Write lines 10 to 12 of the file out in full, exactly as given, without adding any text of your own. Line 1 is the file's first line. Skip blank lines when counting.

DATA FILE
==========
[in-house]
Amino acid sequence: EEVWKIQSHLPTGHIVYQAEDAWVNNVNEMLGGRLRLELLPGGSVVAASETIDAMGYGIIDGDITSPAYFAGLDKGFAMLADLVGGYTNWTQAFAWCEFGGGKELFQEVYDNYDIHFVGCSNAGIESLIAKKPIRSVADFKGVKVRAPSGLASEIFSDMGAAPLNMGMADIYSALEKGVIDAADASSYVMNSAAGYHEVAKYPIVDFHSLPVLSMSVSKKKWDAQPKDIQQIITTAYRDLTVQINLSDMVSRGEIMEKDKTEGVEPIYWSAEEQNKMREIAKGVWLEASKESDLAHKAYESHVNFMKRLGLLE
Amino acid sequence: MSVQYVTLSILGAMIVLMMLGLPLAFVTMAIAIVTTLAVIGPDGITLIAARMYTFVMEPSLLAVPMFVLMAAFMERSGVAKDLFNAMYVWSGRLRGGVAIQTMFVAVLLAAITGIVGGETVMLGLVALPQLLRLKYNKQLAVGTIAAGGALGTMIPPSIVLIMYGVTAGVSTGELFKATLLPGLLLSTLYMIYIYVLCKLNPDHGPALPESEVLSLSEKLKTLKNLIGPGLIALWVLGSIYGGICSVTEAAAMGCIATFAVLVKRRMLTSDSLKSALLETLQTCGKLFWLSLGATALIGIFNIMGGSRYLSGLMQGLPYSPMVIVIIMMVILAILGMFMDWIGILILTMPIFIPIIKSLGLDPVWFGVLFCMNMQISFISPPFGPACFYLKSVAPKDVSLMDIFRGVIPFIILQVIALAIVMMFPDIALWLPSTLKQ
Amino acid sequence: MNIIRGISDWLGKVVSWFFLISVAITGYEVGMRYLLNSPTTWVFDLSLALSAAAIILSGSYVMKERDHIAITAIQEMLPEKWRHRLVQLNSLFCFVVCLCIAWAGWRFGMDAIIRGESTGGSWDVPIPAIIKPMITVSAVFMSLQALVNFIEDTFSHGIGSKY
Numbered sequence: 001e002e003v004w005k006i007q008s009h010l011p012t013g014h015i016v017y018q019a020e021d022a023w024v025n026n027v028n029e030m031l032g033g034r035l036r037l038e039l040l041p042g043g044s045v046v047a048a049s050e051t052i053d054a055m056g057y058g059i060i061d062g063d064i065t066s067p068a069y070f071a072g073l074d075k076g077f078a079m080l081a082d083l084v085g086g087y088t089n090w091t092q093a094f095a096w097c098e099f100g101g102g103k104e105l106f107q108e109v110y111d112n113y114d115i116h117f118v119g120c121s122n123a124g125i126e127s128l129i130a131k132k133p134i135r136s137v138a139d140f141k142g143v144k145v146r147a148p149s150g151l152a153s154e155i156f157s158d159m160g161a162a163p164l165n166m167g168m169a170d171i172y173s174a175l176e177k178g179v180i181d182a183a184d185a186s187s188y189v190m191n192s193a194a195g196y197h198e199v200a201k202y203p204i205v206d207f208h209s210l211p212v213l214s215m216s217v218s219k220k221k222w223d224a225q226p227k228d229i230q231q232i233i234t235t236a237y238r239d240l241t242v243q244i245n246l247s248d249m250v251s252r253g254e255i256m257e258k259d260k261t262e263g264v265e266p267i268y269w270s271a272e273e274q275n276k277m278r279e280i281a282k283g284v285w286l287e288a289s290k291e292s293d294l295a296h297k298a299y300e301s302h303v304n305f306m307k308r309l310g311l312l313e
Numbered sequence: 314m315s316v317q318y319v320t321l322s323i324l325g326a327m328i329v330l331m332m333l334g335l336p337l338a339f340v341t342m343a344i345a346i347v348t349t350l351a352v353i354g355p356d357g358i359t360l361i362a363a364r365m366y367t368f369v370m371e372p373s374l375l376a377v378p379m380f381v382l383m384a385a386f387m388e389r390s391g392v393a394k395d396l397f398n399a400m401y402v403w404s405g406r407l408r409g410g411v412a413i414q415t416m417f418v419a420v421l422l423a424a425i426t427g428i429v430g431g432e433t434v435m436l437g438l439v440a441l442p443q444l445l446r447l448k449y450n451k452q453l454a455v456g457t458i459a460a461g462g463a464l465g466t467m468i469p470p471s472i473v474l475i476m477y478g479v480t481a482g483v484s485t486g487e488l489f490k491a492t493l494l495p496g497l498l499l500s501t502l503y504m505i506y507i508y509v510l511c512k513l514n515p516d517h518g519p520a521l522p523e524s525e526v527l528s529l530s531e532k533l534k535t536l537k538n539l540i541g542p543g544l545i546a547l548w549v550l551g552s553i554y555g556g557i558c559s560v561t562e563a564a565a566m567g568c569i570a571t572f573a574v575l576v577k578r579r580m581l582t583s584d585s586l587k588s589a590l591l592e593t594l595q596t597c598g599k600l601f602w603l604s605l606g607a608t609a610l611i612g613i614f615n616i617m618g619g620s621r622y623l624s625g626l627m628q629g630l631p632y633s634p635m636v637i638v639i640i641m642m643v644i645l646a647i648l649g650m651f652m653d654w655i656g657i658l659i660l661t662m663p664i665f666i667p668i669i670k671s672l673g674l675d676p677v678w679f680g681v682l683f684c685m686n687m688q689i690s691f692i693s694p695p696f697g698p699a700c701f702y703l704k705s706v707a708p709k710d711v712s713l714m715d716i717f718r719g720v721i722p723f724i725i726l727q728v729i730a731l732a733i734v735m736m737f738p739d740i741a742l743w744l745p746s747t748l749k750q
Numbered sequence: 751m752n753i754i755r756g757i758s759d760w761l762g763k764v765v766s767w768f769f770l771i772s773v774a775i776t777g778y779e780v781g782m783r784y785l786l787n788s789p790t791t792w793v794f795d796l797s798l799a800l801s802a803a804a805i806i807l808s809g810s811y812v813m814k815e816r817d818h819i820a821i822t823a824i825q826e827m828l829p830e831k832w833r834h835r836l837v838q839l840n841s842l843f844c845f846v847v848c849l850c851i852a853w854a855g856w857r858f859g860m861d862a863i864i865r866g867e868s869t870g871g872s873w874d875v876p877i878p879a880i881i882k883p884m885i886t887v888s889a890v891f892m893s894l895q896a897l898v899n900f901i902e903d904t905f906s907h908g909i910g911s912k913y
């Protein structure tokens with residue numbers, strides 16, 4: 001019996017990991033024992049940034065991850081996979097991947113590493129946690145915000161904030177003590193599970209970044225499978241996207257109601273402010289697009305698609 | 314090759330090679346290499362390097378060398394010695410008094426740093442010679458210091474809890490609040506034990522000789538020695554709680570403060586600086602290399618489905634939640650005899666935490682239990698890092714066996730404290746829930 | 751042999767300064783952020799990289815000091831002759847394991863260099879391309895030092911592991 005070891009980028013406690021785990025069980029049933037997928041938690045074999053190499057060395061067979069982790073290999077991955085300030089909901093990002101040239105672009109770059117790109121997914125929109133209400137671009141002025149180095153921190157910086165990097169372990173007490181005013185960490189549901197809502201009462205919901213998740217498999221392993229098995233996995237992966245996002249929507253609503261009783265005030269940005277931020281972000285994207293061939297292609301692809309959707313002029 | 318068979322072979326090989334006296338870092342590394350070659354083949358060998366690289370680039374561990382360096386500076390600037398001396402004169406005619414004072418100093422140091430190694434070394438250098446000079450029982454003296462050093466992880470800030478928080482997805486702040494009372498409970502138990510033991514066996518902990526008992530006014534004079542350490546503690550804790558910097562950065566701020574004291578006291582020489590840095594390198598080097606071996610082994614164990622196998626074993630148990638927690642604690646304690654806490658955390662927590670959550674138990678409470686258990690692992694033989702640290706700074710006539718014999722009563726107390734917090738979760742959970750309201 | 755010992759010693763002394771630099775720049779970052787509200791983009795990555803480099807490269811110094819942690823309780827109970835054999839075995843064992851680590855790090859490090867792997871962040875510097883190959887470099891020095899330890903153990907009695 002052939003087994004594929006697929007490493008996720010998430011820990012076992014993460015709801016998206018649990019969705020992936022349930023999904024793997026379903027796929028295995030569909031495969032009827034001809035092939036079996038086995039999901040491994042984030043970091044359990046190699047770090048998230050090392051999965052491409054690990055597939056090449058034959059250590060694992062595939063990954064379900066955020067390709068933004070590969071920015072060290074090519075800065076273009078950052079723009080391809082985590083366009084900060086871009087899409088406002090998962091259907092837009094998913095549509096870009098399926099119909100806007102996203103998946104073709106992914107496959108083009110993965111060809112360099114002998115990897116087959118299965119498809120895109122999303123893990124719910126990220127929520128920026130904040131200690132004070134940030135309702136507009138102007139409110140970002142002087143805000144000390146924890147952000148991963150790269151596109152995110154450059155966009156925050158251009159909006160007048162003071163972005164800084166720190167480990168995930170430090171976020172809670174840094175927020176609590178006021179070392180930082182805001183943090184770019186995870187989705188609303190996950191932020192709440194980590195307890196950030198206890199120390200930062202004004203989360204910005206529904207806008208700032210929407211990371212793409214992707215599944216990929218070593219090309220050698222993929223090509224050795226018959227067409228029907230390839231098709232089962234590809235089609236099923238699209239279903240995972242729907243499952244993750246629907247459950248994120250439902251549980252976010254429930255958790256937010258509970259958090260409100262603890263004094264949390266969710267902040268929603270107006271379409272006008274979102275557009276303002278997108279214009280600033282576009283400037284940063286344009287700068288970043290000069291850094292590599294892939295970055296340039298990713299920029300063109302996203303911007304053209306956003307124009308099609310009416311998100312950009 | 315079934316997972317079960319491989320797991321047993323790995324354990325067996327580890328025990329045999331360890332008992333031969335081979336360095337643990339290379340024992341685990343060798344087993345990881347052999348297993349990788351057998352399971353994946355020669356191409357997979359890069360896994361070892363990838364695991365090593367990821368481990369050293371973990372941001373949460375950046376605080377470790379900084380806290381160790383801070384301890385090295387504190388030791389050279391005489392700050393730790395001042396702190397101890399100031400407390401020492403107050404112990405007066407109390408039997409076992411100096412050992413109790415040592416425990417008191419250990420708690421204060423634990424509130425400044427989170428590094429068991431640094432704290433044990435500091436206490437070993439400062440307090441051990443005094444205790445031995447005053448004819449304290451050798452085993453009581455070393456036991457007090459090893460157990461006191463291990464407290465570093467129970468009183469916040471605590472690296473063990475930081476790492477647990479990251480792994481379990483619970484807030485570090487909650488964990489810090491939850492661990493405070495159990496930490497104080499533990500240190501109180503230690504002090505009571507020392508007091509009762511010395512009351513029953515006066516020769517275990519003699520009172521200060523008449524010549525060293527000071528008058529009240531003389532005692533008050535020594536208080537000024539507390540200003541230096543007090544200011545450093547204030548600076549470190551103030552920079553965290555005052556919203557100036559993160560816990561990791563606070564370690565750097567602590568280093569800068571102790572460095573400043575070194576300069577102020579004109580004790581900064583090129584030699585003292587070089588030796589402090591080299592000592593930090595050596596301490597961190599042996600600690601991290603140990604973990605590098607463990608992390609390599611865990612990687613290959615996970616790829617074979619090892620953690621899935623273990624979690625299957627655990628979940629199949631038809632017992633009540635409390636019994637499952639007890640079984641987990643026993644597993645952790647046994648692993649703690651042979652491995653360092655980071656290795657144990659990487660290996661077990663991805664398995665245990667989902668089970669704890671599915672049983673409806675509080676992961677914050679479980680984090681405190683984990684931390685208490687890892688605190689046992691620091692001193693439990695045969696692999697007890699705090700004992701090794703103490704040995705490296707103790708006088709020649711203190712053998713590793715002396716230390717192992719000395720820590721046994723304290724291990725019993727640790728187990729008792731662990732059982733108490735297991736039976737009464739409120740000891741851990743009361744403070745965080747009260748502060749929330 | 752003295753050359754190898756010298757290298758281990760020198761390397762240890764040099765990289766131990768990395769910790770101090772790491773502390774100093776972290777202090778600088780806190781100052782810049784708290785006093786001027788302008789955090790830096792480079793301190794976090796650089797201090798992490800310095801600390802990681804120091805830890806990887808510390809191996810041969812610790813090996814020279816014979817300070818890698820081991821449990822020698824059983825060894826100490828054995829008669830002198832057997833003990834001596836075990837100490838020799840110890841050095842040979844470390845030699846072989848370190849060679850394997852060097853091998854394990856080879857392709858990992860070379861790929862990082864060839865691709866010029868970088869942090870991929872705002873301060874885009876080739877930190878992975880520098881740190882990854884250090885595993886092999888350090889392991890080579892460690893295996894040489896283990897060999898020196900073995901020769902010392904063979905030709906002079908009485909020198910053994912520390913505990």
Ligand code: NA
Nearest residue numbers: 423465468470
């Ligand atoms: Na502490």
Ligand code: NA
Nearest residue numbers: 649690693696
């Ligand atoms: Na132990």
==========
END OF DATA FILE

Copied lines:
Nearest residue numbers: 423465468470
């Ligand atoms: Na502490």
Ligand code: NA